Sunland Park, N.M., is preparing to release a request for proposals (RFP) in an effort to find a concessionaire that will aid the city in its pursuit of an international port of entry. "It is my opinion that a concessionaire type of project is a big advantage to the city of Sunland Park, because it takes away the risk and it takes away the investment," Roberto Diaz de Leon, who is leading the city's attempt to gain a port of entry, said. The search is to find an experienced concessionaire to seek the permits, build the land crossing and operate the port, which would provide the city with a steady income stream. Sunland Park has a $12 million fund with which to pursue the effort, of which it has spent $2 million. The city anticipates issuing the RFP by November.

News About public-private partnerships (P3)

High-speed rail P3 attracts international companies
California's historic effort to build a high-speed rail system from Los Angeles to San Francisco is attracting interest from around the world. More than 30 teams from 11 countries have expressed an interest in participating in a public-private partnership (P3) to help California build the railway. The California High-Speed Rail Authority issued a request for expressions of interest (RFEI) in June and received 36 responses from companies or groups in Australia, China, England, France, Germany, Italy, Japan, Mexico, Spain and Sweden, along with several U.S. firms. Respondents were asked to express interest in building the initial operating segment from Merced to Burbank by 2022 at an estimated cost of $31 billion, the following segment from San Jose to Bakersfield at a cost of $6 billion or both segments. A portion of the line running through the San Joaquin Valley already is being constructed under design-build contracts, and the authority plans to issue a separate design-build-maintain contract for the trains' maintenance and stabling facilities and then also negotiate a long-term train operation concession.
Rock Island considers P3 to run Niabi Zoo
The county board of Rock Island, Ill., is considering turning over the management of its Niabi Zoo to a private company in a public-private partnership (P3). Rock Island County has hired a consulting agency to offer alternatives to help run and manage its financially troubled zoo. One of those alternatives is to reach an agreement with a private entity to turn it around, build it back up and make it financially successful. "If you look at all the attractions in the Quad Cities, Niabi Zoo is probably number one or number two," said Rock Island County Board Member Drew Mielke. "We want places where families can take their children. It's part of our cultural mix in the community. It's a community treasure. We need to make sure it doesn't just languish, but it flourishes." At the same time, the zoo is searching for a new director and CEO after the resignation of Marc Heinzman.
Omaha project to include housing, community center
Construction will commence on mixed-income housing - with 300 apartments, townhouses and single-family homes - in an Omaha, Neb., neighborhood redevelopment project called Highlander. It will house up to 900 residents and also include a community enrichment center. The 36-acre Highlander development is being funded through a public-private partnership (P3) and includes education initiatives implemented by a nearby elementary school. Thomas Warren (pictured), president and CEO of the Urban League of Nebraska, says the mix of housing and community enrichment activities will help Omaha retain younger professionals. "We're five minutes from downtown, we have a nice panoramic view of our skyline," Warren said, "But more importantly, here at the Highlander project, we will have contemporary, affordable housing for our young professionals." Construction on the project will take five years to complete.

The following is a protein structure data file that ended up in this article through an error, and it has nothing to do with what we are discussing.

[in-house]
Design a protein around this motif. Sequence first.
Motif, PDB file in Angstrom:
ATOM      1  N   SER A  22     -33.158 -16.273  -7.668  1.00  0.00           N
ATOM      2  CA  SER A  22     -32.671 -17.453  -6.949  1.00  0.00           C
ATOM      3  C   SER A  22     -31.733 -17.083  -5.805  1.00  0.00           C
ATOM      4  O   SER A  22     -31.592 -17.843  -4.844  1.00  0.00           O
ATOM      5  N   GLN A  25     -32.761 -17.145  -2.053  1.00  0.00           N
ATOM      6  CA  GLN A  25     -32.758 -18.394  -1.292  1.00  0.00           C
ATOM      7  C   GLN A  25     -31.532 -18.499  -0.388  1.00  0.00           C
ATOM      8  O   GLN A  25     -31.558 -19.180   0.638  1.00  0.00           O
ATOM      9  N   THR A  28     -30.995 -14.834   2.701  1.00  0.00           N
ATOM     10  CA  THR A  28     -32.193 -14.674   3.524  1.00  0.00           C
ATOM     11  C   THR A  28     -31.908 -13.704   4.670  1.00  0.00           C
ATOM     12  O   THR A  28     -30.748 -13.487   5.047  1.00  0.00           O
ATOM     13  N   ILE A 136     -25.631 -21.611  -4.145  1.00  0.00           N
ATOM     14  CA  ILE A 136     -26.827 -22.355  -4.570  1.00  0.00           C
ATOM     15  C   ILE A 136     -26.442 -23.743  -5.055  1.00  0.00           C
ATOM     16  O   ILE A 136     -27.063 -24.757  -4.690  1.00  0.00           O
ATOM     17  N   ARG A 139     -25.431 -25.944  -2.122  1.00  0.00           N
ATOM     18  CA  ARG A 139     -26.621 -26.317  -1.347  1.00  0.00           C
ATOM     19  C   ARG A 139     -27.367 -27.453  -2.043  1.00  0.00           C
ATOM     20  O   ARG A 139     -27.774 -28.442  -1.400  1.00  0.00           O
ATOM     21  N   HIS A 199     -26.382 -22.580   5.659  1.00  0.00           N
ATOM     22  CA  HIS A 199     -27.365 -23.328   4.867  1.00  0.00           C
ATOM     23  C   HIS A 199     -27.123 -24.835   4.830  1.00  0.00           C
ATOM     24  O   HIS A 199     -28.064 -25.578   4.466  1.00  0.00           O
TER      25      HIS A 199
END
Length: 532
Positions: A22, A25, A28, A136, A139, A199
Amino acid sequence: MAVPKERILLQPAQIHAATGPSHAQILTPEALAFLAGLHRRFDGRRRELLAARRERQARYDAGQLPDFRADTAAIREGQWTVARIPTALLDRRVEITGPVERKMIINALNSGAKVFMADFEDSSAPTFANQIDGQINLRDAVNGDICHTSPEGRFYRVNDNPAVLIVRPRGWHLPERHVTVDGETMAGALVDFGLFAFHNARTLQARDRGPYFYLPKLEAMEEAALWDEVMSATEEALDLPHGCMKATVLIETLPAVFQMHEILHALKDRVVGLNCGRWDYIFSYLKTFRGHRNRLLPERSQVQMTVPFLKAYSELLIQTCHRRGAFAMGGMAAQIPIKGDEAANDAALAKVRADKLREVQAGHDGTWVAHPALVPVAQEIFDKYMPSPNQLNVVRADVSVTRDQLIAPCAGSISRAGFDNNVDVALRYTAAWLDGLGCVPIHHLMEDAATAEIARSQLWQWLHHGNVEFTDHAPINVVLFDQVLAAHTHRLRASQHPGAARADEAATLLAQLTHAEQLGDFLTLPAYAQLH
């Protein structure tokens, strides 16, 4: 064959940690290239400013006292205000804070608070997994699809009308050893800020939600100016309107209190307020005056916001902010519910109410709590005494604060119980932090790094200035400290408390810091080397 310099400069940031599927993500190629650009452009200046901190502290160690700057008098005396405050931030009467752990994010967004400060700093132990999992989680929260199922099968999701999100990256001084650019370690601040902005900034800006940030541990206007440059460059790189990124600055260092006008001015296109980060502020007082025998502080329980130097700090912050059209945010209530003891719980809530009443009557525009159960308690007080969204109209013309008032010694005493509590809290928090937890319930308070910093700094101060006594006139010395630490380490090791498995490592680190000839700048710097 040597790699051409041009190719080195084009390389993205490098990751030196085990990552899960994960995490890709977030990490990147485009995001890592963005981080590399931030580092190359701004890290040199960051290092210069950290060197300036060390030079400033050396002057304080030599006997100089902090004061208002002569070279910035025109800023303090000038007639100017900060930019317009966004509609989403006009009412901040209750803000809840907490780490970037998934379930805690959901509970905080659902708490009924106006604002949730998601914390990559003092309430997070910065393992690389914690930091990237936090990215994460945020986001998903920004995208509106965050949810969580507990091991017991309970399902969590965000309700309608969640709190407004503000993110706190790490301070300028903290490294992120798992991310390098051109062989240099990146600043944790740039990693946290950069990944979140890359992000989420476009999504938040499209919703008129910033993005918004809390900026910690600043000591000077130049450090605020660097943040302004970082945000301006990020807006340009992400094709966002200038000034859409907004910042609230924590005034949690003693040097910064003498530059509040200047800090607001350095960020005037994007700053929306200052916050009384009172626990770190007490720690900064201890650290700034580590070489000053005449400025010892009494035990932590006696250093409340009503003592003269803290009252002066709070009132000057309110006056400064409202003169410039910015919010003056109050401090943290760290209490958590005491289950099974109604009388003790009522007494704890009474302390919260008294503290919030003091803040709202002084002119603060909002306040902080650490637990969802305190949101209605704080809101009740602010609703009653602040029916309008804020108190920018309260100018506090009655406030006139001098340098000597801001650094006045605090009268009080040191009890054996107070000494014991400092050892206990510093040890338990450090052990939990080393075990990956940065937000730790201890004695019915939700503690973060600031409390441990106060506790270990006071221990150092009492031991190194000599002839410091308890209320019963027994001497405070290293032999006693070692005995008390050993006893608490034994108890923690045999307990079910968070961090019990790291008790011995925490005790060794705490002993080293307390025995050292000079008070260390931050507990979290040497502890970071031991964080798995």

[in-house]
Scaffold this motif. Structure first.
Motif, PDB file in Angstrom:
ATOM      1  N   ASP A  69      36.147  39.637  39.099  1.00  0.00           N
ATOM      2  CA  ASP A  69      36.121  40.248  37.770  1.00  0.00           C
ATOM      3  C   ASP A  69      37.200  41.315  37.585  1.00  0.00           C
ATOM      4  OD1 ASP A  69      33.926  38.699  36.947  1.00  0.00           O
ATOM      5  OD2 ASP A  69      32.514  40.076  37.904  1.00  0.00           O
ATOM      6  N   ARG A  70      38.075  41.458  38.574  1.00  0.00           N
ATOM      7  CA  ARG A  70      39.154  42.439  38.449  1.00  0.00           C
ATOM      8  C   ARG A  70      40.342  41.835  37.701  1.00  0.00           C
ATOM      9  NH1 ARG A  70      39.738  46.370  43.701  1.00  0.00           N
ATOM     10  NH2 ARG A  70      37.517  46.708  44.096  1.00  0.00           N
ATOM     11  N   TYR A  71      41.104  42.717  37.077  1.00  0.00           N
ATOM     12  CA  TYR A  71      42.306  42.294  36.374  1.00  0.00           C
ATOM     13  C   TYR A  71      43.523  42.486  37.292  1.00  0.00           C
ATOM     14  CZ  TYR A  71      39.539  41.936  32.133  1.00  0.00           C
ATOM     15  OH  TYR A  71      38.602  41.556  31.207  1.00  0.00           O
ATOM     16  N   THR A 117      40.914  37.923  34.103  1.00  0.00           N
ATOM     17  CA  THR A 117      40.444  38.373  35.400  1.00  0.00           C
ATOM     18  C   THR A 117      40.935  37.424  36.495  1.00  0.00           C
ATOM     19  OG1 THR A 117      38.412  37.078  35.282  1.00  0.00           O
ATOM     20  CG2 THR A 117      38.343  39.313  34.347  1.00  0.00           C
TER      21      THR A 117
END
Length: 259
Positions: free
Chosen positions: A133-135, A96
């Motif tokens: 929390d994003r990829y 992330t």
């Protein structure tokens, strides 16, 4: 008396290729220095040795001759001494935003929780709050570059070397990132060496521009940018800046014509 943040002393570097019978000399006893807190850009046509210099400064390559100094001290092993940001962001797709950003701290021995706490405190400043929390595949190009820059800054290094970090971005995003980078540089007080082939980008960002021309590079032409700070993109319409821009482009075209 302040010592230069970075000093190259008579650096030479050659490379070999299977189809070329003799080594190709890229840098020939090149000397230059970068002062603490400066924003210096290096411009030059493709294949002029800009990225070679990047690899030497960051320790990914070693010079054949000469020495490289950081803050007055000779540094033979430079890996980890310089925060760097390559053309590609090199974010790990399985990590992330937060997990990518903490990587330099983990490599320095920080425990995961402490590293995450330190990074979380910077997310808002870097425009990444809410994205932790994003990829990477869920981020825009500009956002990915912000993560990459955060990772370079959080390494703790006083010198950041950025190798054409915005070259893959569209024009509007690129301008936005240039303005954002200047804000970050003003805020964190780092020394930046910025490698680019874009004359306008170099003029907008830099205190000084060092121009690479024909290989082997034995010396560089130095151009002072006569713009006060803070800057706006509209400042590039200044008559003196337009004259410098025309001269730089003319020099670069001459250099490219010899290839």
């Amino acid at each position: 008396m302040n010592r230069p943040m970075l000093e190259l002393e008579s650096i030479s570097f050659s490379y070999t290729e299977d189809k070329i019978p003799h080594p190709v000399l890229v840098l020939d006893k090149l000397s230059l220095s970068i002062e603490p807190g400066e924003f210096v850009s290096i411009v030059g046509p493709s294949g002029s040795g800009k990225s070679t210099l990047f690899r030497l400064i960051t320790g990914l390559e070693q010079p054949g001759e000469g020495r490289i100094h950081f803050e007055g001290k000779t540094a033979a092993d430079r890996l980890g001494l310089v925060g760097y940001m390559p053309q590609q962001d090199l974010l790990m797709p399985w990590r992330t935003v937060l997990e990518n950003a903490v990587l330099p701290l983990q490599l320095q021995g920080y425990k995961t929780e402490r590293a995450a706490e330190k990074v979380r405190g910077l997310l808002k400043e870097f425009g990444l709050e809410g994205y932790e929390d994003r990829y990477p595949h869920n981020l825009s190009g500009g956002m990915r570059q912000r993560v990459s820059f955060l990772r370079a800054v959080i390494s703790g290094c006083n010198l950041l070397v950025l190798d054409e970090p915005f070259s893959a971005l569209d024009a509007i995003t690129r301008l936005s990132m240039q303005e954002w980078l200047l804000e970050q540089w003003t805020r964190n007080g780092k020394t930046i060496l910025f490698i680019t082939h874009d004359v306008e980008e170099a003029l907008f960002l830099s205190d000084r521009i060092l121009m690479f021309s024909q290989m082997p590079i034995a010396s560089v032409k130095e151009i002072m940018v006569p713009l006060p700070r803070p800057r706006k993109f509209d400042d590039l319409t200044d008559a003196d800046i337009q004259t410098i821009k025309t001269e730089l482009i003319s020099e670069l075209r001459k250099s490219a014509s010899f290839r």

LA Metro could get windfall - mountain tunnel on tap?
The Los Angeles County Metropolitan Transportation Authority is considering asking voters to approve a sales tax increase to build up its coffers. An increase to a 9.5 percent sales tax - added to an extension of a previous sales tax increase - could send as much as $120 billion to the transportation agency through 2040. Among the projects that are being considered is a tunnel through the Santa Monica Mountains, from the San Fernando Valley to Los Angeles International Airport. Such a project could cost anywhere from $10 billion to as much as $33 billion and would be a prime candidate for a public-private partnership (P3), transportation planners say, with a private firm footing a significant portion of the construction costs in exchange for a share of the toll revenues. Conceptual designs call for such a tunnel to include toll roads and a rail line.
Fort Morgan to do feasibility study on middle school
The school board in Fort Morgan, Colo., last week agreed to pay the $15,000 costs of a feasibility study on a former middle school building. The Morgan County Re-3 Board of Education approved a memorandum of understanding (MOU) to have students from the University of Colorado-Denver's University Technical Assistance Program conduct the feasibility study. The MOU is among the school district, the University of Colorado-Denver, the Colorado Center for Community Development and the Colorado Department of Local Affairs. "What I hope is that the community will see that we're doing our due diligence and looking at all the ways that building can benefit our community in the future," Re-3 Superintendent Ron Echols (pictured) said. "In the end, that feasibility study will certainly answer some of those questions." The timeline for the feasibility study calls for plans and illustrations to be finished by Feb. 1, 2016, and the entire study project to be completed by April. The study is designed to "find alternate uses for the building and property, pass those ideas through the community, compare costs and funding sources and present a work plan for the committee and school district to follow." Possible uses for the property laid out in the MOU include a mixed-use development plan financed through a public-private partnership (P3).